Then on to the main course. In my preview, I mentioned that, over the years, the Kiwis have been known to ignore their underdog status and put one over the Kangaroos. I also speculated that, maybe, this just might be one of those occasions. And so it proved as the home team out-muscled, out-enthused and out-played the Australians before clinching a 26-24 win. In fact, the final scoreline flattered the Kangaroos after they ran in two late tries to close the margin.

 

The Kangaroos started well and had a converted Holmes try on the board within the first few minutes. But that was just about it for the remainder of the first half. Driven by a dominant forward performance, supported by a switched on Johnson and aided by poor Australian handling and ill-discipline, the Kiwis controlled well over 65% of possession and had two tries disallowed to lead 8-6 in the shadows on the break. A rare Australian breakout on the last play of the half saw Gagai go over for the Australians to take a flattering and undeserved 12-8 lead into halftime. The score flew in the face of every first half statistic.

 

But there was no denying the Kiwis after the break. After an even ten minutes or so, they got on a roll, dominated territory, controlled possession and put on tries to Marsters, Rapana and Smith to go out to a 26-12 lead. Johnson, clearly the player of the match and playing behind a charging pack, had time and space to call the shots, while Manu took the chocolates over his club teammate Mitchell. It was a case of a disciplined, effervescent and near flawless team against a group of players in gold and green who never really jelled or got out of their own half. Poor handling continued to dog the Australians which didn’t allow them to put any significant pressure on the New Zealanders. The two late tries came against the run of play and should not disguise the inept Kangaroo effort.

 

As mentioned, Johnson was on song, his forwards battered their opponents, Watene-Zelezniak led with vigour and the young backline played with intensity and purpose. The Kiwis can look forward to some good years ahead on the basis of this combination and performance. They just need Proctor to get those silly penalties out of his game. Australia’s better players were hard to find. Cordner and Kaufusi were energetic and Woods tried hard but the forwards were well contained. Cherry-Evans, playing behind a beaten pack, did as well as anyone while Tom Trbojevic and Mitchell had their moments, although these two also made their share of errors. They’ll be better for the experience. Mitchell showed glimpses of the force he may well come to be but still has unforced mistakes to remove from his game.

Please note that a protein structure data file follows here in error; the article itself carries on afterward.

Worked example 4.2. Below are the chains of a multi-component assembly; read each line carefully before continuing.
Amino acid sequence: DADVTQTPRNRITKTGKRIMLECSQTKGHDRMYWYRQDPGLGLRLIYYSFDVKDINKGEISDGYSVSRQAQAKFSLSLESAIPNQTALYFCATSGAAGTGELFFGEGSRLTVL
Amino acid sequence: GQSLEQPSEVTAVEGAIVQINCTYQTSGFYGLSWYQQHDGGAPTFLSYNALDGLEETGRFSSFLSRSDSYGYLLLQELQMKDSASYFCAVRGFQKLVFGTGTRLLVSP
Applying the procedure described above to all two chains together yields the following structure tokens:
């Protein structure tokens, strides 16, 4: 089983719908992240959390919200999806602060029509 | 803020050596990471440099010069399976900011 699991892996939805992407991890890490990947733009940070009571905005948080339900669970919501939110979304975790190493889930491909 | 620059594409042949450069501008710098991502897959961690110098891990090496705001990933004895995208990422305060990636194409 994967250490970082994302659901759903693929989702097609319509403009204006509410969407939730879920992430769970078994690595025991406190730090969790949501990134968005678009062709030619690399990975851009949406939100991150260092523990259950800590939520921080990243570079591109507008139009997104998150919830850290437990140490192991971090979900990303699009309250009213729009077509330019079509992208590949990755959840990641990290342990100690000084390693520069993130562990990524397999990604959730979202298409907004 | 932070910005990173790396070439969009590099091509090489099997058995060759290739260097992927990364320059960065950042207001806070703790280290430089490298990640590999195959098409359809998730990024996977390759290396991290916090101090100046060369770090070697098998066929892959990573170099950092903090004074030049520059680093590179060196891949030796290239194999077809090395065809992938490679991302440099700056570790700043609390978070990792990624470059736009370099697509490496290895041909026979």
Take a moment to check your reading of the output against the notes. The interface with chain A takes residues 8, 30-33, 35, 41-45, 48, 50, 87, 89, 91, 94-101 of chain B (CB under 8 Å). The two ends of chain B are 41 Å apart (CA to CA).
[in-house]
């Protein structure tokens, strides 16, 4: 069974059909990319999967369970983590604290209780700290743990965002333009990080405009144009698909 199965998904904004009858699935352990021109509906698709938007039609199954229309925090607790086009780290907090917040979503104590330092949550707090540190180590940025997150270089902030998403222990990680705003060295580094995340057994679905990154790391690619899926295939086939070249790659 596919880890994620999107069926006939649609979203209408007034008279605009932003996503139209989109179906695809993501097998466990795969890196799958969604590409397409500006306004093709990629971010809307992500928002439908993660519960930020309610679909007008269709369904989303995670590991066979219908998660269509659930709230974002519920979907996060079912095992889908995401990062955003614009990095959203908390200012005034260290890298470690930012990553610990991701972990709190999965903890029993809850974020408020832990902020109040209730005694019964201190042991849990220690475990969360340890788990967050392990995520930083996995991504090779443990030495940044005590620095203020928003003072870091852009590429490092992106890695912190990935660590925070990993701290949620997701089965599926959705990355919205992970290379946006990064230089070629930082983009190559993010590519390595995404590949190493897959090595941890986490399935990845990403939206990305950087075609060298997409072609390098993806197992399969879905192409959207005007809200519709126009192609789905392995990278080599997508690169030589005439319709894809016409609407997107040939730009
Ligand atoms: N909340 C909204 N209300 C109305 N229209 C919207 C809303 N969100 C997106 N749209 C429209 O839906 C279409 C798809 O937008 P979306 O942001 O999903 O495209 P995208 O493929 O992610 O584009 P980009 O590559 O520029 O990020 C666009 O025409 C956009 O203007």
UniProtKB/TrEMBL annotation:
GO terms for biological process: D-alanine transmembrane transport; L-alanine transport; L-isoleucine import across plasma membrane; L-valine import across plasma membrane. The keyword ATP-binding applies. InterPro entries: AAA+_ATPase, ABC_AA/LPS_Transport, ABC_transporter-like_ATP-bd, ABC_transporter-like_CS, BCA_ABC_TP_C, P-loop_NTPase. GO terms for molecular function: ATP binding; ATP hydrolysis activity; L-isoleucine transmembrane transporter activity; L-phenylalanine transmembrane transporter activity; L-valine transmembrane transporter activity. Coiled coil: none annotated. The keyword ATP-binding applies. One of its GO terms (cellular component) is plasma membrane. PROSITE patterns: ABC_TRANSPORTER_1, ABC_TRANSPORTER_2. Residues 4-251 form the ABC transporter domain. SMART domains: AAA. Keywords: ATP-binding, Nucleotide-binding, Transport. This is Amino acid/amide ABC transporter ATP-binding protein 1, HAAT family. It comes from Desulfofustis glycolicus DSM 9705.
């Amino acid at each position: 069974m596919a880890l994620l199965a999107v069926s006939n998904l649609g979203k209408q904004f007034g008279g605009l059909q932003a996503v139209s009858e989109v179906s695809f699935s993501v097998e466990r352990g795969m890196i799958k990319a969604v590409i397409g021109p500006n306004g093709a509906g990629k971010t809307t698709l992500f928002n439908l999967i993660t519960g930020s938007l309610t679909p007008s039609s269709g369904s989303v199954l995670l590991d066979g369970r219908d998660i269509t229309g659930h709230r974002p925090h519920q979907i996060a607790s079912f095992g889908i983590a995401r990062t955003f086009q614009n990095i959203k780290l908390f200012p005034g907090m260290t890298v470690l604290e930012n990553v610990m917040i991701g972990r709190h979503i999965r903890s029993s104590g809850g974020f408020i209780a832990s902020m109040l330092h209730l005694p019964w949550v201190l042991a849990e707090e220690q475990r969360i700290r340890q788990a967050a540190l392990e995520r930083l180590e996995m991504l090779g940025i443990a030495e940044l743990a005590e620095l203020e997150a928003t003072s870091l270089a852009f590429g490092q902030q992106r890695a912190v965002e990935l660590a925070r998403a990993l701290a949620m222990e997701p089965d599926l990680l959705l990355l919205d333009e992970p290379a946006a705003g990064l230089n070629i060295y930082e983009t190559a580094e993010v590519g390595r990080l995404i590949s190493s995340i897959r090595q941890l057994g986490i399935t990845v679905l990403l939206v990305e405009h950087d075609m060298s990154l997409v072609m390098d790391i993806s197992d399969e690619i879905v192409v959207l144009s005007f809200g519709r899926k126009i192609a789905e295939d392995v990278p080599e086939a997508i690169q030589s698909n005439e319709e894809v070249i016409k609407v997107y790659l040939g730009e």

The result will be good for the game in that the Australians will need to face up to their limitations, especially up forward. Perhaps we might see Campbell-Gillard next week. Yes, they were unlucky to lose Keary to injury after 15 minutes but I don’t think he would have been able to make up the gap given the lack of space or time available to the Australian halves. Their next test comes against Tonga next weekend when they can expect no respite as they will be confronted by yet another monster pack. Big Mal has it all in front of him to get his charges up in just seven days.

 

Dessert will be served next weekend!

 

 

Essentially, Ian Hauser is a meat and three veg type but is not unappreciative of other cuisines. When it comes to his editing work, he’s solid on the conventions but also open to the range of voices different writers bring to their work. You can check out his website here.

 

About Ian Hauser

A happy, Noosa-based retiree with a (very) modest sporting CV. A Queenslander through and through, especially when it comes to cricket and rugby league. I appreciate those beautiful moments in sport (and life) that capture the spirit rather than the law of the game. I enjoy travel, good coffee and cake, reading, and have been known to appreciate a glass or three of wine. I offer a comprehensive editing service for both new and experienced writers. Check me out at www.writerightediting.com.au Queenslander!

Comments

  1. The junior match provided the highlight. Check this out: https://wwos.nine.com.au/nrl/junior-kiwis-vs-junior-kangaroos-chanel-harristavita-scorpion-kick-try/9d820042-19df-4cac-9d40-5a9ce9c59799

    In the men’s match, the Kiwis were too organised and strong. They seemed to make a lot of ground up the centre with quick play the balls esp early in the tackle count.